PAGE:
Italy compromise paves way for temporary government
Short-term uncertainties recede, longer-term worries rise
Calm before a possible storm for bond markets
by David Marsh
Mon 22 Apr 2013
Further polarisation of Italian politics looks in store, with steep uncertainties for financial markets, as the result of the extraordinary weekend re-election of 87-year-old President Giorgio Napolitano, likely to speed-up formation of a new government.
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The weekend machinations in Rome will lower short-term uncertainty two months after Italy’s inconclusive elections in February. But this will be at the expense of longer-term worries over Italian stability at a time when – despite the country’s tough austerity measures – public debt is rising this year to 130% of GDP.
In Germany, where Chancellor Angela Merkel is taking a noticeably harder line on euro rescue measures, public debt is starting to fall from an expected peak of just over 80% of GDP this year. The Berlin government is stepping up a Europe-wide drumbeat in favour of further savings in public spending and fresh efforts to bring debt down towards the euro area target of 60% of GDP, at present widely missed by nearly everyone.
A new government in Italy is expected to be formed very soon, backed by supporters of both mainstream parties who did well in the February elections: the left-wing Democrats of Pier Luigi Bersani (who resigned at the weekend) and the right-wing People of Liberty party of former prime minister Silvio Berlusconi. Among those tipped as possible prime ministers are former incumbent Giuliano Amato (in office in 1992-93 and 2000-01), Enrico Letta, a top Democrat official, or a leading member of the Bank of Italy.
Few shocks can be expected in the Italian economy in the next few weeks, since legislation laid down by the government of Mario Monti, still in office as caretaker, means that the country is on a form of economic autopilot. However, the weekend association of the two parties of left and right to re-elect the elderly Napolitano, following the rejection of repeated attempts to find a new presidential figure, sets longer-term alarm bells ringing for three reasons.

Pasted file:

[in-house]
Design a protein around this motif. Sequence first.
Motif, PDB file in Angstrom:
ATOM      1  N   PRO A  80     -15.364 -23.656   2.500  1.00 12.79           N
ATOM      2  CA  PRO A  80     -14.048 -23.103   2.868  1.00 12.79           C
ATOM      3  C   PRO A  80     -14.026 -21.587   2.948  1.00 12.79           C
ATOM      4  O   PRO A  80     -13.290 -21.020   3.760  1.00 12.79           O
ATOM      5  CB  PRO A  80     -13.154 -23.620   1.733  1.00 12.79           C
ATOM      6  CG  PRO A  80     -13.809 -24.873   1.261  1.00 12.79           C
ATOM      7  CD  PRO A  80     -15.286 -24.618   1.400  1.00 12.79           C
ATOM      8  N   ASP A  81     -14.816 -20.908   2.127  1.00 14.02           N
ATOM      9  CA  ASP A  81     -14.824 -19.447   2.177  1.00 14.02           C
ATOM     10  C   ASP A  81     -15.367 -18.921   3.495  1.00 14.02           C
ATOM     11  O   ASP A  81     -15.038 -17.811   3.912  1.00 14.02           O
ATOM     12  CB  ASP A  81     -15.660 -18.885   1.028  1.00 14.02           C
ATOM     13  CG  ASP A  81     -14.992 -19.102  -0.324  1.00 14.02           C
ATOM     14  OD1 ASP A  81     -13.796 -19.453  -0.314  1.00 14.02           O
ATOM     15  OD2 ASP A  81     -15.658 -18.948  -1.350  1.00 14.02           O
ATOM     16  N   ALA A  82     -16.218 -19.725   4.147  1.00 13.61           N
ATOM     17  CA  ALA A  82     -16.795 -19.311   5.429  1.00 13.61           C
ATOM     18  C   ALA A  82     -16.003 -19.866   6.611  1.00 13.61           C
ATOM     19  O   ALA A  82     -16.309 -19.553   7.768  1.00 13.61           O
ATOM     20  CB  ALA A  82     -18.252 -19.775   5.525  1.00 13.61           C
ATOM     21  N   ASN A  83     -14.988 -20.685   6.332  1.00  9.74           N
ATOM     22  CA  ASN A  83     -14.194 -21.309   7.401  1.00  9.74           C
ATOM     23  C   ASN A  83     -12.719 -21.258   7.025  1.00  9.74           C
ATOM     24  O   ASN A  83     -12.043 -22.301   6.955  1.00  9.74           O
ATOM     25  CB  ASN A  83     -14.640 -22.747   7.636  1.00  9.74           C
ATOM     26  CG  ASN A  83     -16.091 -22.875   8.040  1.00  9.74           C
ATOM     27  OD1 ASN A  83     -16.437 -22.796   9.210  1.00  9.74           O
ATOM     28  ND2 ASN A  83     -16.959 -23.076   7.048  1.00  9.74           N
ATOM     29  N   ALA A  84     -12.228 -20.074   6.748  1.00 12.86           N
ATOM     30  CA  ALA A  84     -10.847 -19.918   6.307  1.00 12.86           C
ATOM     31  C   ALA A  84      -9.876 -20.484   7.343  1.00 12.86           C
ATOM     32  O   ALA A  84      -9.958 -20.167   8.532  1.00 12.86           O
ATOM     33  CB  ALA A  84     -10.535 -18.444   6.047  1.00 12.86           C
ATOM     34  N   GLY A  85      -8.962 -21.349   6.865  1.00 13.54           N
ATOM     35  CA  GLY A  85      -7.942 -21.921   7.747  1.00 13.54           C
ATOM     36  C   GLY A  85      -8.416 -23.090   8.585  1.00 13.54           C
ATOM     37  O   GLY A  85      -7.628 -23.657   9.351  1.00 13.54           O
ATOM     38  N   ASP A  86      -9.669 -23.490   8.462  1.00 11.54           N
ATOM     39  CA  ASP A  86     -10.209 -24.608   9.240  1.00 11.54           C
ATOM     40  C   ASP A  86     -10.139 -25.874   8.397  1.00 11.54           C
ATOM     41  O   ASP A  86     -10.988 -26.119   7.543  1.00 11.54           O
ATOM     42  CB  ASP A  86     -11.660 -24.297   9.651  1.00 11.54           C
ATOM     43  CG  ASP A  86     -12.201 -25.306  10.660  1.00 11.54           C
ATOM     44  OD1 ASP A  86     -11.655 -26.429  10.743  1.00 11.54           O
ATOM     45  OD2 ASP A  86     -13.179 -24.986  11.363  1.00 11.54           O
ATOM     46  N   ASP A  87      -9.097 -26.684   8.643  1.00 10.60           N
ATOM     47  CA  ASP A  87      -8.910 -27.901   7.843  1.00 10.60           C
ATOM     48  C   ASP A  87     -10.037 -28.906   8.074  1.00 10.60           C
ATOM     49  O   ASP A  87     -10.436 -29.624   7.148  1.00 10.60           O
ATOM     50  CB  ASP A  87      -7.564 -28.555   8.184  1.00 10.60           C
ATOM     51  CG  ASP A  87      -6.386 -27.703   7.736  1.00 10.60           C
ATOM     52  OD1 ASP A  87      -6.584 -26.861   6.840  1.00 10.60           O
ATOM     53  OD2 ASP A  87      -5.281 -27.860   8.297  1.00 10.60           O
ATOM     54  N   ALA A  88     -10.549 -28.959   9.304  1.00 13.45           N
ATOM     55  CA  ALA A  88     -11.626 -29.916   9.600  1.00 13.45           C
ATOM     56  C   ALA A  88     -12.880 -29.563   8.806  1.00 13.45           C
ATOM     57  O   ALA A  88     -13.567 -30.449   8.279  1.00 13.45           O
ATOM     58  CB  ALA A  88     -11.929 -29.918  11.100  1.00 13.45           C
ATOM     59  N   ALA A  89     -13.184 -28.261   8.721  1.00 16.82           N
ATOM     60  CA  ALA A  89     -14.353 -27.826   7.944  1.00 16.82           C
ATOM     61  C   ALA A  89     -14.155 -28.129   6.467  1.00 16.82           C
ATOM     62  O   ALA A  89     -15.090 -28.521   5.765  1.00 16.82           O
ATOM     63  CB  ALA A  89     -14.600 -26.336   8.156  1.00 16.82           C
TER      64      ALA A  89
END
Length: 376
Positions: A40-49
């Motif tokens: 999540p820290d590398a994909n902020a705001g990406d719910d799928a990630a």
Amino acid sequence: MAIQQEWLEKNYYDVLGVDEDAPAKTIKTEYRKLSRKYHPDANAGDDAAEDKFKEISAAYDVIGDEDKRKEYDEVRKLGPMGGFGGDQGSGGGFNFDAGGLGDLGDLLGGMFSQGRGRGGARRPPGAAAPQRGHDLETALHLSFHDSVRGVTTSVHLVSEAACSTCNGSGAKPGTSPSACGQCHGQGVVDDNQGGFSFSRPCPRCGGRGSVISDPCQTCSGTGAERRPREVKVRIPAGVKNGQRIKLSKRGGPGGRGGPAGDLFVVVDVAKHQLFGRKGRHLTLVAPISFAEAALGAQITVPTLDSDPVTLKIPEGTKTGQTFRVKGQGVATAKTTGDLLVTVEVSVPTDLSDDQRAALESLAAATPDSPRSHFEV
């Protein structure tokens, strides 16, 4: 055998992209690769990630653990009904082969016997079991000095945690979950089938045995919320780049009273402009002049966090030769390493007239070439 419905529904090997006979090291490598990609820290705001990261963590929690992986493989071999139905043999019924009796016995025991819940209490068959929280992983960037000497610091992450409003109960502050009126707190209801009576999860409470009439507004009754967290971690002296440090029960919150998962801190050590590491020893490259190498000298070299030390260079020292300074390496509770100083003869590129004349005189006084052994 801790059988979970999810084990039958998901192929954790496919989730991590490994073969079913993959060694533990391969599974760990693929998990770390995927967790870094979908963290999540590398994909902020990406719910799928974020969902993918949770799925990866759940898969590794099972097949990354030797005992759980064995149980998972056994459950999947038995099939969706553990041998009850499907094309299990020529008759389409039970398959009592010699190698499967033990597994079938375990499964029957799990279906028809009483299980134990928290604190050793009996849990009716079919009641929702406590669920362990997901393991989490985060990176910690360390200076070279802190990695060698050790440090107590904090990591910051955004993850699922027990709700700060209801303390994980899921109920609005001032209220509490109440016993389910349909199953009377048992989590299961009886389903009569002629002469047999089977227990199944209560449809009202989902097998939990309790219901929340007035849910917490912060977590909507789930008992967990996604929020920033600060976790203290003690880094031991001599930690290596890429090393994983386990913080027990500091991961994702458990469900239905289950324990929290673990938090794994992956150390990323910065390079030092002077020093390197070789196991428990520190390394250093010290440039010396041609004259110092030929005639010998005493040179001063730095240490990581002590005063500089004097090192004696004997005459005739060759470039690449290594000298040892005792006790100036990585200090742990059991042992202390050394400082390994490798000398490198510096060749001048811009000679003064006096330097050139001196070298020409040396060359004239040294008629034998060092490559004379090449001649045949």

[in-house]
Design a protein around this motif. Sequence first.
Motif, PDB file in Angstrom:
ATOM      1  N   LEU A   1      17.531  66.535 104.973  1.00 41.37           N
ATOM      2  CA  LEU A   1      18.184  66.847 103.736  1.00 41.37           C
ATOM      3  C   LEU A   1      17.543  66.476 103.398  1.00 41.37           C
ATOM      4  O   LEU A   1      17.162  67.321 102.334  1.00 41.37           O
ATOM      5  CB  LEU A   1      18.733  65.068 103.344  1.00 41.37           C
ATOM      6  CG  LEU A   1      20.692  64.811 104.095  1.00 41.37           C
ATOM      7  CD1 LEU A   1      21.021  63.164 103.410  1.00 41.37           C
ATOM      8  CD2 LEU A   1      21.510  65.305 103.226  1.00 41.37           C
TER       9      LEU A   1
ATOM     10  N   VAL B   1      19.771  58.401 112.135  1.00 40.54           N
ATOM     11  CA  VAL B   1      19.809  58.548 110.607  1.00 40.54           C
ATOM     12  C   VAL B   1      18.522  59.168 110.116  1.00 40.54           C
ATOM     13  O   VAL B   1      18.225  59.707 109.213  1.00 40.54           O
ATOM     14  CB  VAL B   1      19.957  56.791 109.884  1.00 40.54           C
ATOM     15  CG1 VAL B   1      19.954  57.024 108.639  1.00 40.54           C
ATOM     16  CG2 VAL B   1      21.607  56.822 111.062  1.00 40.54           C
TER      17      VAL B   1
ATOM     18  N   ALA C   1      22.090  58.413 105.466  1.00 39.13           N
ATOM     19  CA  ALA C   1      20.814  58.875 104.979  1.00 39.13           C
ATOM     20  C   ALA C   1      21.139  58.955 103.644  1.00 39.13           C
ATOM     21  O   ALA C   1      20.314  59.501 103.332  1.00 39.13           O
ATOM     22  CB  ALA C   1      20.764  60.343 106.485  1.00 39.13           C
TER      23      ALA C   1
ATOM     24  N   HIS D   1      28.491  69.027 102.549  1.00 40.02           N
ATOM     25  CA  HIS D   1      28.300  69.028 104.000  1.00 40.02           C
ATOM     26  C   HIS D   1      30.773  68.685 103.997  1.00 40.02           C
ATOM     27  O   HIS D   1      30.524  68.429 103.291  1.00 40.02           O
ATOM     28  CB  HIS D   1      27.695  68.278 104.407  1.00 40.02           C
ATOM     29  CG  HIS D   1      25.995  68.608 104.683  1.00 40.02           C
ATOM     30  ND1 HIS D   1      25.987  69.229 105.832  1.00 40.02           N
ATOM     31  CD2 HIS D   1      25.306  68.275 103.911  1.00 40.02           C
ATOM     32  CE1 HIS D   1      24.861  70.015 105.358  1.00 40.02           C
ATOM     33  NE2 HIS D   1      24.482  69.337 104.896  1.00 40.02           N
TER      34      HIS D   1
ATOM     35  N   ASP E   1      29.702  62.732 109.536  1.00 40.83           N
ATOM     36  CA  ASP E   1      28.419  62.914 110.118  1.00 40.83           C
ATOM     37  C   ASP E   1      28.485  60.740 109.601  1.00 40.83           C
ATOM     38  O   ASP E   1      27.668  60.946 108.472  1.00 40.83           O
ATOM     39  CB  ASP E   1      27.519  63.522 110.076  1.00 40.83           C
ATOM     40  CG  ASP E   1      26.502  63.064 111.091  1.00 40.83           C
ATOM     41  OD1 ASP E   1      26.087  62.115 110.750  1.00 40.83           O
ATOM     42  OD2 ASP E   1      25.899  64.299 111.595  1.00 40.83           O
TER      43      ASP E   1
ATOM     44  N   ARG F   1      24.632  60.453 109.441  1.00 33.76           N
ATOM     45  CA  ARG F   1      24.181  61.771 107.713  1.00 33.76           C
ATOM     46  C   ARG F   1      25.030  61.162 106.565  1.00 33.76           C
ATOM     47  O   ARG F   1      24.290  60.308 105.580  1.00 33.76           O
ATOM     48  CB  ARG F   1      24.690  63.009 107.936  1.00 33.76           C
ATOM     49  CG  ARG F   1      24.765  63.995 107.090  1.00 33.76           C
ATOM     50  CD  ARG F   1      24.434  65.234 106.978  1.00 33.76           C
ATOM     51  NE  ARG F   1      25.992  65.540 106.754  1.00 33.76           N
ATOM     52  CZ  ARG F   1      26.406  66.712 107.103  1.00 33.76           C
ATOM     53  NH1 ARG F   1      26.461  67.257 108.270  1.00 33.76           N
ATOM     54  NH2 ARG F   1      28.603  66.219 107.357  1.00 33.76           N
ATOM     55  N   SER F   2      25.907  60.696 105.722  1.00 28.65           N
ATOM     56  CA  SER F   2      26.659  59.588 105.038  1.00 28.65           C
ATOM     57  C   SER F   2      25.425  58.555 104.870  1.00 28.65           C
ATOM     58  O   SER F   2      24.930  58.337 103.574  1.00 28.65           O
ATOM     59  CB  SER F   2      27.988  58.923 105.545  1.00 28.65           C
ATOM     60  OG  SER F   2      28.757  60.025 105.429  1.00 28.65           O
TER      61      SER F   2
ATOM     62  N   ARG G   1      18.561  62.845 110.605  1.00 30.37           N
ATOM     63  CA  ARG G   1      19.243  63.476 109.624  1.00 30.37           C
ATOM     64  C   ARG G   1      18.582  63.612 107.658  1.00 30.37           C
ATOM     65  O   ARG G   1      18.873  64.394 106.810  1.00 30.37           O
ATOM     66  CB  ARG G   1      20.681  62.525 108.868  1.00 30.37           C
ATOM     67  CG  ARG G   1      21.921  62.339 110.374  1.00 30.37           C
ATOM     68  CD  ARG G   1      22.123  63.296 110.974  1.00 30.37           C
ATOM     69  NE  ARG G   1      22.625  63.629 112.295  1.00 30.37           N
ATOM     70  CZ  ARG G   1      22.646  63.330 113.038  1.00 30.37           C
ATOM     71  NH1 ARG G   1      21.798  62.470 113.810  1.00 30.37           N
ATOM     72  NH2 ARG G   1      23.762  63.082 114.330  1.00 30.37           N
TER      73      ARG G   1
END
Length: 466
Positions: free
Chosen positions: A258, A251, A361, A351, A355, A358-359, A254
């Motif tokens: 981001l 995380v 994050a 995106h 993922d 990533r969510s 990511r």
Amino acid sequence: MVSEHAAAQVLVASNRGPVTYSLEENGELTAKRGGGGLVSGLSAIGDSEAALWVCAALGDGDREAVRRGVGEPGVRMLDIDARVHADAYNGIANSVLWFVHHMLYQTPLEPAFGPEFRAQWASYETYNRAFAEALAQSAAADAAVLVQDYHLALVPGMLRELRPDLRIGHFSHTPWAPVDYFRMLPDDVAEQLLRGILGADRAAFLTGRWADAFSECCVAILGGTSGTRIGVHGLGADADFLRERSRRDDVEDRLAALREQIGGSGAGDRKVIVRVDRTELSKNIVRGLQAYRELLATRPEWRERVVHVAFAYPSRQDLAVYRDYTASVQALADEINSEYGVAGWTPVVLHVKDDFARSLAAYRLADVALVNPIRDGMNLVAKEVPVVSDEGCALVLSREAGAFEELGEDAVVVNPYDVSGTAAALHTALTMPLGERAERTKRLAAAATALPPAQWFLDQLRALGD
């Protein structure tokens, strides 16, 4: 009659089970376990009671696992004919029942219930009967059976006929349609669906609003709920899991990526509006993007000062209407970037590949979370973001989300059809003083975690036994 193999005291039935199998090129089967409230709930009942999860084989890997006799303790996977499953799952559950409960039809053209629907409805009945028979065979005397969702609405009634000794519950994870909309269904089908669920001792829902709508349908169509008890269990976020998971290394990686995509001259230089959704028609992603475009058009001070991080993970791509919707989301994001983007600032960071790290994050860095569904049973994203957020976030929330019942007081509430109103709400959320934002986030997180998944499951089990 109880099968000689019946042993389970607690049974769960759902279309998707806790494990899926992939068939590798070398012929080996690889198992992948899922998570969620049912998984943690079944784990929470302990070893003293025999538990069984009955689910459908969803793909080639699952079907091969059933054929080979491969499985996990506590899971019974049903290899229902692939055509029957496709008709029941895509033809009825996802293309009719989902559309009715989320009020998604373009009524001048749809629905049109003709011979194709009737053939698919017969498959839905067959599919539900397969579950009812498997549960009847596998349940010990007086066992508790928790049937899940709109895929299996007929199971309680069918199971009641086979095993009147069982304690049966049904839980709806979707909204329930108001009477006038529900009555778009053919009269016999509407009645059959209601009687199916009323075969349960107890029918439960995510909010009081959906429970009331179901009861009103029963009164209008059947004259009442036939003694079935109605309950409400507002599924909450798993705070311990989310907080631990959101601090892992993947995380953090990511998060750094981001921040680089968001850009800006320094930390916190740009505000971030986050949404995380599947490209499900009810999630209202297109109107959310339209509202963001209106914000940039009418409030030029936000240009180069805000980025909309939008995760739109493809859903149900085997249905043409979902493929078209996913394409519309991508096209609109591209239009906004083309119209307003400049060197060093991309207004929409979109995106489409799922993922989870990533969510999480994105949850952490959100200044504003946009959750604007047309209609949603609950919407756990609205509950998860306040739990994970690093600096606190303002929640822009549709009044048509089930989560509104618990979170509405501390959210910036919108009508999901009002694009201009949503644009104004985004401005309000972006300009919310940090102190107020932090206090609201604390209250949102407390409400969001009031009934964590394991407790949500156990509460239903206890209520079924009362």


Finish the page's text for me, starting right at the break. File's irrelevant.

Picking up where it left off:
First, any suggestion that Berlusconi or his friends are on the verge of returning to power would be highly destabilising. The former prime minister is not on speaking terms with Merkel after launching abusive comments about her following his departure from office in 2011. He has taken an increasing anti-euro line following the celebrated ultimatum against his policies by the European Central Bank and Bank of Italy in August 2011.
Second, the Democratic party is now in disarray following Bersani’s resignation, a reaction to his repeated failure to rally his troops behind a presidential alternative to Napolitano. Earlier, Bersani was seen as Italy’s best chance for stability following Monti’s eventual departure.
Third, over the weekend Beppe Grillo, leader of the anti-establishment Five Star Movement, condemned as a sell-out the behind-the-scenes deal to re-elect the patriarchal figure of Napolitano. He has called upon his supporters to protest in the streets. Grillo’s movement won 25% of the votes in February, far more than expected. His grouping can be expected to pick up more protest votes if the new government fails to make much headway in coming months.
Left and right-wing radical parties may be expected to gain influence as Italy heads for another election, probably in late autumn, after the new government completes institutional reform measures. Bond markets may remain reasonably placid for a while. But we may face a summer calm before an autumn storm.